Australia’s insolvency regime (in administration) – ideas for its restructure

In my preparation for a panel discussion at the major AIIP Insolvency Conference in Canberra on the future of insolvency, my conclusion is that our insolvency regime should go into Part 5.3A administration, and be restructured under a deed, allowing the regime to cast aside its many inefficiencies, and to emerge anew as a streamlined 21st century operation.

Some elements of the deed are proposed but these may need refining, and others added.

That recommendation comes from a focus on its lack of economic transparency, unclear separation of roles, inadequate resources and on the inadequate ability of those in commerce to have free access to corporate and business data.

Only when the restructure of the regime under the deed is put in place can we then examine the core issues in insolvency law – asset recoveries and sales, creditor claims, priority rights, powers of examination and more.

This is not blue sky, there are many international precedents to work with. And the inevitable response of cost should be addressed by an economic analysis of the flow through benefits – the impact on phoenix and other corporate and tax misconduct; and assessed in the same way that open access to data, as one example, is shown to produce a substantial business, monetary and community return.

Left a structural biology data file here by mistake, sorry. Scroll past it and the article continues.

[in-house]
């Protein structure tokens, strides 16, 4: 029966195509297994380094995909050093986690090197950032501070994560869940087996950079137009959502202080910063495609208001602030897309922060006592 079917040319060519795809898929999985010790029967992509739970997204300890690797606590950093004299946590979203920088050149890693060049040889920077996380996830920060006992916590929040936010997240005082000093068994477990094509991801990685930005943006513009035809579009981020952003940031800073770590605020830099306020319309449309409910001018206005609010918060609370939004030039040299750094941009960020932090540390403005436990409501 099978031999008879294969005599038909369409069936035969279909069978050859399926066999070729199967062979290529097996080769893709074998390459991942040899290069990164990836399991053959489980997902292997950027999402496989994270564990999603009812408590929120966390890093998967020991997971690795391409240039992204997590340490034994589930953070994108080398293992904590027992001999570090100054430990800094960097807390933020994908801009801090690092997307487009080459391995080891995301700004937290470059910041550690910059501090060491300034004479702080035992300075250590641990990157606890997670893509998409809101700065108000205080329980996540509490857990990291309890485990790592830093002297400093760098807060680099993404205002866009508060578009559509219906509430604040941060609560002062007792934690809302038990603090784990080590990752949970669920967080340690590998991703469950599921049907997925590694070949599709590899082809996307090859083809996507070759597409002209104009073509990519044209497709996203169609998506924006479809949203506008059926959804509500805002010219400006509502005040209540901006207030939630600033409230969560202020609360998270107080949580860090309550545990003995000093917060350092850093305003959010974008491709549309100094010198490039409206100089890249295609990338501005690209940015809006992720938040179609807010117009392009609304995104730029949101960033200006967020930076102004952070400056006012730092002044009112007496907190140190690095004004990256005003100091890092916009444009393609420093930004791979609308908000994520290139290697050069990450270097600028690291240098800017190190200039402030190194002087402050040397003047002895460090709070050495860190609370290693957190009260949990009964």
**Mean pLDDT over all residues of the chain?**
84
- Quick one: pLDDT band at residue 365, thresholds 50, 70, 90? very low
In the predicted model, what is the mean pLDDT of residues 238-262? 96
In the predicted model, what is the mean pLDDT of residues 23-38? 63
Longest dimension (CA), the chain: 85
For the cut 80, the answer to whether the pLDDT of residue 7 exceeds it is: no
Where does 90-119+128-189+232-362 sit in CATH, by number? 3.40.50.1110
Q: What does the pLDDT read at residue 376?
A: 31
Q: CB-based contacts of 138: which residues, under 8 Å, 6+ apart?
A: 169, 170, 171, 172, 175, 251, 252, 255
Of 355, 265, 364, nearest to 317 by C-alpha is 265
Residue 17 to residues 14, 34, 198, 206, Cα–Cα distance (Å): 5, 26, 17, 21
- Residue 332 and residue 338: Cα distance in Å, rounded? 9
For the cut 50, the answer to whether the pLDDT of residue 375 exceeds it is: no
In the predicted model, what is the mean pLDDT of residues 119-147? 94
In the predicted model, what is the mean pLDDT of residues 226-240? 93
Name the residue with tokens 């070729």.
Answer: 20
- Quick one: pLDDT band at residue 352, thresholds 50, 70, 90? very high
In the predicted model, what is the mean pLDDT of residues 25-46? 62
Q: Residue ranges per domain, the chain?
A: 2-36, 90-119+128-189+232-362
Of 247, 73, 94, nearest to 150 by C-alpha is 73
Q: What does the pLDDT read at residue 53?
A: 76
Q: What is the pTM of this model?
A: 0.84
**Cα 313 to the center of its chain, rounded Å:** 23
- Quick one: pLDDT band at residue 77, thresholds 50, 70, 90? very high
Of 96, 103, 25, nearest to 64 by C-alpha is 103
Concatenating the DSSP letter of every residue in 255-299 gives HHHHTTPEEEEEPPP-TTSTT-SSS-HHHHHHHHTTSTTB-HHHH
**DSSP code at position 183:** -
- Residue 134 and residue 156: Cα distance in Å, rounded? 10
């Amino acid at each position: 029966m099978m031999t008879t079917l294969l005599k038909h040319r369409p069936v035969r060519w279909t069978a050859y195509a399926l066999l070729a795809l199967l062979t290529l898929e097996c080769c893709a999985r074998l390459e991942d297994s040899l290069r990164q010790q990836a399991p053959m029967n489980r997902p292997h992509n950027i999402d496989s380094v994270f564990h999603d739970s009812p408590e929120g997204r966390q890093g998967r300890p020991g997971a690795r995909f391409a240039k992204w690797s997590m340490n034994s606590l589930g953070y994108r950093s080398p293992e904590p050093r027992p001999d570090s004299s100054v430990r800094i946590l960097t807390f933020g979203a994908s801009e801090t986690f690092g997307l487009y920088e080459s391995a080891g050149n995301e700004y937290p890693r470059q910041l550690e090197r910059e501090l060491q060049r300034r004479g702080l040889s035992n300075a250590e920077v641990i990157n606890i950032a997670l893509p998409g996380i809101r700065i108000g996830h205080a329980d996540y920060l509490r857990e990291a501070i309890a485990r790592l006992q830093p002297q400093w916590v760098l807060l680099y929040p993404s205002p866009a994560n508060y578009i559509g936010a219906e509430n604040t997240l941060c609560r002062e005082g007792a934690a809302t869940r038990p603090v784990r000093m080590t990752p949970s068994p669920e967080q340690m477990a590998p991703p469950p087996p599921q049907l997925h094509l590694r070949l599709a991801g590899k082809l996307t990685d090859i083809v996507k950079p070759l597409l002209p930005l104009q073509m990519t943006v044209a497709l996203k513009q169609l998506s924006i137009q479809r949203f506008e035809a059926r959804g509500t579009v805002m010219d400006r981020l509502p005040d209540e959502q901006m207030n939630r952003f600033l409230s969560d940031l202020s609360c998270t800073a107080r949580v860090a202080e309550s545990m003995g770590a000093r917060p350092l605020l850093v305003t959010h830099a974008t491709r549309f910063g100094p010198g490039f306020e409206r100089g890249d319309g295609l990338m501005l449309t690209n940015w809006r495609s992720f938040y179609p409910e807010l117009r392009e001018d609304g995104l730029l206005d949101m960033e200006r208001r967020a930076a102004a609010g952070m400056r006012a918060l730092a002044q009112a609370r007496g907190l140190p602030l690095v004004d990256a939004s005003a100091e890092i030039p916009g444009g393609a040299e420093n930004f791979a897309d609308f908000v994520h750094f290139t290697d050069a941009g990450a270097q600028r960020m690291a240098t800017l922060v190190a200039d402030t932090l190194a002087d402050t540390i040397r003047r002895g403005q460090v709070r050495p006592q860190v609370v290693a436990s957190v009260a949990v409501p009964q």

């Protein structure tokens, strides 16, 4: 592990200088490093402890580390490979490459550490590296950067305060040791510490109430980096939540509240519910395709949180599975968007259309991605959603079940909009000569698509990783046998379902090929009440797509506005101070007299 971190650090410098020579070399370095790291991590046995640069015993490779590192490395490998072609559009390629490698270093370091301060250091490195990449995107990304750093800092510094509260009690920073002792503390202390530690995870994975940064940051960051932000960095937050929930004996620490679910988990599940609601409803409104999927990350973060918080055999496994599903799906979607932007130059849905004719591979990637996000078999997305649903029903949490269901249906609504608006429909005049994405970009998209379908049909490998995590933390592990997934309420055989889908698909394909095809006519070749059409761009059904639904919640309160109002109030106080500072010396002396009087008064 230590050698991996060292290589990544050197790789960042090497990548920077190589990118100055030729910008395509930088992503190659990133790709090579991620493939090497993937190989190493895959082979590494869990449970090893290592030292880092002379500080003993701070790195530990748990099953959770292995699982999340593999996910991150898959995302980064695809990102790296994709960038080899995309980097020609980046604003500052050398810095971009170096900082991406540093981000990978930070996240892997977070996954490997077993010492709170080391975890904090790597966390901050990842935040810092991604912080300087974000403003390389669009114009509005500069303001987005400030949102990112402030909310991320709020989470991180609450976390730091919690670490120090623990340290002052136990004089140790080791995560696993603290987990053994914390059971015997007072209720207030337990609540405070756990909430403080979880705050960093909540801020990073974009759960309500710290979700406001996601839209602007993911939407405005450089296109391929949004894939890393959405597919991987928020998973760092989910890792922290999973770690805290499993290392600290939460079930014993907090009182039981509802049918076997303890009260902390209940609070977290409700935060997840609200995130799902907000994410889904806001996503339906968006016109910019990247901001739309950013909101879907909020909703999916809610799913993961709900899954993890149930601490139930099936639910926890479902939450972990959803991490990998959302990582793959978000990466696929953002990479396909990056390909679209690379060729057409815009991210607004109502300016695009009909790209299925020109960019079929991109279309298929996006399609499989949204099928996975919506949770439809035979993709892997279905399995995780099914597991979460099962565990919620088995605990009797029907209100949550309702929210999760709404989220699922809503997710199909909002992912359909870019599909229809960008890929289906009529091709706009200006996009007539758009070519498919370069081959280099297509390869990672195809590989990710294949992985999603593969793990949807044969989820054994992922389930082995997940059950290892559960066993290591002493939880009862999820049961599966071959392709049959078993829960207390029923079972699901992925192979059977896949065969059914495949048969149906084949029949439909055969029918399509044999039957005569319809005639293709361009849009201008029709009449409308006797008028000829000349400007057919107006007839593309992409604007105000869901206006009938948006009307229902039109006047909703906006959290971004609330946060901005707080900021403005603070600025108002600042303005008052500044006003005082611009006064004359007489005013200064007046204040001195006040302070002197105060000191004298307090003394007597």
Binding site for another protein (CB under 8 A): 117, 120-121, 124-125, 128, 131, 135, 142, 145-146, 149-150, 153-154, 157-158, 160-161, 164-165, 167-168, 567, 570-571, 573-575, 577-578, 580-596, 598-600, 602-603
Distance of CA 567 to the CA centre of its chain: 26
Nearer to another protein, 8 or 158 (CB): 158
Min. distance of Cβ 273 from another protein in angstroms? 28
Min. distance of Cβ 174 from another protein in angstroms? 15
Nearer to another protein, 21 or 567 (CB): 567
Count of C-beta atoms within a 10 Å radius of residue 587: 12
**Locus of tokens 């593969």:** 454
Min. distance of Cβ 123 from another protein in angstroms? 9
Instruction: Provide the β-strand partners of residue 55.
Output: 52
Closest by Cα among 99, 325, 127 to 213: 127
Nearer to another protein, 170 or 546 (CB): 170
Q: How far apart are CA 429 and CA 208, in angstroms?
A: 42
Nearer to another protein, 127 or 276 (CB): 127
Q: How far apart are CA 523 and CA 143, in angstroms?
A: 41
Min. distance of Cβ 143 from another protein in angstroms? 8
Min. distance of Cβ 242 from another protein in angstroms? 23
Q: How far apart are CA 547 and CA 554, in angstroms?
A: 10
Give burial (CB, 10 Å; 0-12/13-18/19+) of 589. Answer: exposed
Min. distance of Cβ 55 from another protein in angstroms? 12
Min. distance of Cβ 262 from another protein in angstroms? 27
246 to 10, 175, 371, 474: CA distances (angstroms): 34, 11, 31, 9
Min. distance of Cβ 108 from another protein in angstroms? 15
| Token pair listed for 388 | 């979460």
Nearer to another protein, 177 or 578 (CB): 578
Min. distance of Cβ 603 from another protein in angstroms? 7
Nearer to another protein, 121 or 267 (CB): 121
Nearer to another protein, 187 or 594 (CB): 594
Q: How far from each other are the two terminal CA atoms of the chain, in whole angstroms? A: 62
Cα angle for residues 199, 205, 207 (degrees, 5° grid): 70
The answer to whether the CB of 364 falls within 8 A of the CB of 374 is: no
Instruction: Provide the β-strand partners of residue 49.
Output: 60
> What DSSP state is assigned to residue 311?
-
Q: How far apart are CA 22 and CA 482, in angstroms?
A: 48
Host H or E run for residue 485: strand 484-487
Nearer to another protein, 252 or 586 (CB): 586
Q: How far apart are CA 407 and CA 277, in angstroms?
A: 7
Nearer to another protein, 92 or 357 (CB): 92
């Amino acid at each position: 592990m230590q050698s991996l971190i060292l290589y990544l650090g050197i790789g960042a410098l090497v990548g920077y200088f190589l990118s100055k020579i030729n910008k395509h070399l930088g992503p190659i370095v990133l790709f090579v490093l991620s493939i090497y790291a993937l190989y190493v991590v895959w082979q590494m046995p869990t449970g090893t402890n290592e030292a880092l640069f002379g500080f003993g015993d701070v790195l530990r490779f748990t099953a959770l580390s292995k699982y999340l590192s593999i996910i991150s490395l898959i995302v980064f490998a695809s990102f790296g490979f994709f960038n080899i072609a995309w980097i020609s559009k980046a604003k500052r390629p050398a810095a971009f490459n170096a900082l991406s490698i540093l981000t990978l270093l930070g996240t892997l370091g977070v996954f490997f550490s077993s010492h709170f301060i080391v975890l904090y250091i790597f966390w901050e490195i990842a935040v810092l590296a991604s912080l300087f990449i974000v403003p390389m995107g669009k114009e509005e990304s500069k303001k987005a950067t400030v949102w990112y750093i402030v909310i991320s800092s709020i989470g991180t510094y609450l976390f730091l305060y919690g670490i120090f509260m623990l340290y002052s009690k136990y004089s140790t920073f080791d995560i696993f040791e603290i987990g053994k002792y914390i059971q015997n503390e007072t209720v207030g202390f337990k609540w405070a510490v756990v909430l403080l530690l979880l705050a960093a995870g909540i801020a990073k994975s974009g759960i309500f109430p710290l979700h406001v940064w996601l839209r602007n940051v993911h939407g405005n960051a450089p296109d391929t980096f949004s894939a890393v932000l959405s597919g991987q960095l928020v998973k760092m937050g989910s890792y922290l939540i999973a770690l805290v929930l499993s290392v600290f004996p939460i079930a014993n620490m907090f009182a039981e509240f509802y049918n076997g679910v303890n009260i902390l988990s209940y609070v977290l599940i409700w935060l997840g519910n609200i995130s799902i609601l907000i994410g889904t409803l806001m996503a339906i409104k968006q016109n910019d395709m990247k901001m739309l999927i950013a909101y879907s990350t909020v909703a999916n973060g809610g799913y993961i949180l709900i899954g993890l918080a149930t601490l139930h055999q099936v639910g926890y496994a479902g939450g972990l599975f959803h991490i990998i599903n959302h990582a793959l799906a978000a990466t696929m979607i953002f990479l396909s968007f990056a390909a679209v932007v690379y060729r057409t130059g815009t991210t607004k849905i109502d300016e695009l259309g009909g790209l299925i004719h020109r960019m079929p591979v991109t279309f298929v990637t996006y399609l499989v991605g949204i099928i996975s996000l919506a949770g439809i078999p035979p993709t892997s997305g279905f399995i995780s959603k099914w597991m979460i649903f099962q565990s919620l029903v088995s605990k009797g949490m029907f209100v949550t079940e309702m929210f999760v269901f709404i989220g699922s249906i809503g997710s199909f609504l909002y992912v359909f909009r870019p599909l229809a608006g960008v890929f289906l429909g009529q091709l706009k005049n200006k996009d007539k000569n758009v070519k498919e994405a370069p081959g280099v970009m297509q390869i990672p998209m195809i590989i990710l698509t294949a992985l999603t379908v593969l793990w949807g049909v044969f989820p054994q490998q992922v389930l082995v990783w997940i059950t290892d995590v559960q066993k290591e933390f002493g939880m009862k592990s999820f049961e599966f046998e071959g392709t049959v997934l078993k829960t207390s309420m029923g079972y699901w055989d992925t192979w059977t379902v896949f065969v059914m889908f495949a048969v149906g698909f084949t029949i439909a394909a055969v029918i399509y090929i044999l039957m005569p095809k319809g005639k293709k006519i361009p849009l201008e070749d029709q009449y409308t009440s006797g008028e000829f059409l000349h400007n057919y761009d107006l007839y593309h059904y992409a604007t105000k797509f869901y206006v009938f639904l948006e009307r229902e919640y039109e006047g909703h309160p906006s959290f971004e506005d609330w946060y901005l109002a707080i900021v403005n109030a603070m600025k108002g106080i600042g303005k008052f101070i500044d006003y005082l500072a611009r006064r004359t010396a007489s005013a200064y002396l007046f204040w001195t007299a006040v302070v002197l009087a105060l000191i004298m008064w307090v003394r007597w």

The thinking process is not over, and tax is yet to receive attention, but this table is a start.

The proposed structure of Australia’s insolvency regime for 2025
What we need Benefit Examples
1. TIP, The Insolvency Platform – an on-line platform for the administration of all insolvencies.

 

Accessible to all in set degrees; no reporting; regulator oversight; costs and efficiency savings Sweden, Finland, China, and potentially AFSA.
2. A statutory government trustee – Australian Insolvency Authority (AIA) – all appointments are under that name

 

Statutory basis for the IP role, and separation from the court; qualified government indemnity England and the Official Receiver; New Zealand; the US.

 

3. A private profession of accountants, lawyers and others who act on delegation from AIA to work for creditors

 

Professional expertise but with statutory authority England, New Zealand.

Senator Williams’ 2010 Senate report recommendation 13

4. An open public data base of corporate and individual business registrations and activity, identifications of individuals, and a register of beneficial ownership including trusts

 

Sunlight is a great disinfectant, transparency support commercial integrity England’s Companies House
5. Remuneration and funding Private profession must be paid, either direct from the assets, or other funding, for creditor work; it must also be paid for investigations for the AIA for investigation and prosecution work. Any jurisdiction with a government liquidator
6. AIA is also the sole regulator of IPs on a co-regulation basis

 

Insolvency is indivisible, and co-regulation is more effective and is cheaper. England, New Zealand

Senator Williams’ 2010 Senate recommendation 1 for the AIPA

7. AIA oversees and enforces conduct and compliance of bankrupts and directors, or by delegation to IPs

 

   
8. AIA ensures data collection and analysis

 

Unlike now, we need to know what we are achieving, or not England, New Zealand

Senator Williams’ 2010 Senate report recommendation 17

9. TBC    

As to the Insolvency Platform, or Portal see TIP.

E&OE in relation to the English and New Zealand arrangements.

Comments welcome.

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